Los Angeles – The Writers Guild of America, West announced today that it is contributing $977,095 to The Actors Fund. The monies are specifically earmarked for emergency financial assistance needed by entertainment professionals for basic living expenses such as rent or medical bills. The Fund provides support for everyone in entertainment – writers, designers, sound technicians, dancers, directors, film editors, stagehands, electricians, and actors – with a broad spectrum of programs designed to help with the serious economic, health or employment challenges they face.
The money for this donation comes from undistributable funds held by the WGAW’s Foreign Levies Program. Due to the success of this program, the WGAW has distributed over $121 million to writers and their heirs. Some funds, however, cannot be distributed because they are not designated for a known project or writer. As part of a legal settlement reached in 2010, all parties agreed that, once reasonable efforts to distribute the money had been exhausted, these funds would be donated to The Actors Fund. The Foreign Levies Program will likely generate an ongoing stream of undistributable funds and the Guild looks forward to making additional charitable contributions in the future.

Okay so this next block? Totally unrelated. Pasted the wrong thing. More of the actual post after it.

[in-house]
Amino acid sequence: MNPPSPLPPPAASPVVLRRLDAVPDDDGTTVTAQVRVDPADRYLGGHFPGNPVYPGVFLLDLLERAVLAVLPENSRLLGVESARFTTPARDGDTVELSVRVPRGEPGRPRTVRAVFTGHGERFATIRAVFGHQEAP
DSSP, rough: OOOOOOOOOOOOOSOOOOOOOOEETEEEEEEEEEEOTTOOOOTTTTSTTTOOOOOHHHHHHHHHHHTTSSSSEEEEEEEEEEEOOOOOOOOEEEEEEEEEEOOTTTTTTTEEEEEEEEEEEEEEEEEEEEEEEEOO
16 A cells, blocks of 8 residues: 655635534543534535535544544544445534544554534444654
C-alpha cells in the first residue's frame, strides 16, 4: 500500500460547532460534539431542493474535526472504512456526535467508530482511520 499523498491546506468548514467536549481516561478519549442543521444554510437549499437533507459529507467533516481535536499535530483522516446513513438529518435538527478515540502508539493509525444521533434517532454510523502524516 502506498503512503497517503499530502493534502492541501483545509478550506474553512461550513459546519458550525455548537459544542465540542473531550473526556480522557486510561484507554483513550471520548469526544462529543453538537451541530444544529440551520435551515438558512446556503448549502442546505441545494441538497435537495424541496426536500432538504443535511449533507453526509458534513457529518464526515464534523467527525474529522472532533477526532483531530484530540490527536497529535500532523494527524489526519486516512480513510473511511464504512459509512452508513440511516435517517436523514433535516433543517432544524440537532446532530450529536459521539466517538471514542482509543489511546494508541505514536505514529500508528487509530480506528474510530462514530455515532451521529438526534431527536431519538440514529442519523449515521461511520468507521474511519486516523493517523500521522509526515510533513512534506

“We became aware of how important The Actors Fund is during the 2007-08 strike,” said WGAW President Chris Keyser. “Without hesitation, The Fund stepped in and provided critical services to those in the industry who desperately needed help. We are thrilled that after years of litigation the court has cleared the way for us to make this contribution to The Fund’s good work.”
“The Actors Fund helped more than 12,800 members of the entertainment community last year, all across the country,” said Fund CEO Joseph Benincasa. “That help included $2.5 million in emergency financial assistance to nearly 1,600 people, and almost $1 million to help colleagues in southern California. We are tremendously grateful for WGAW’s commitment to helping us to continue preventing evictions, securing medical care, putting food on the table and meeting many other needs of our colleagues who are facing difficult times.”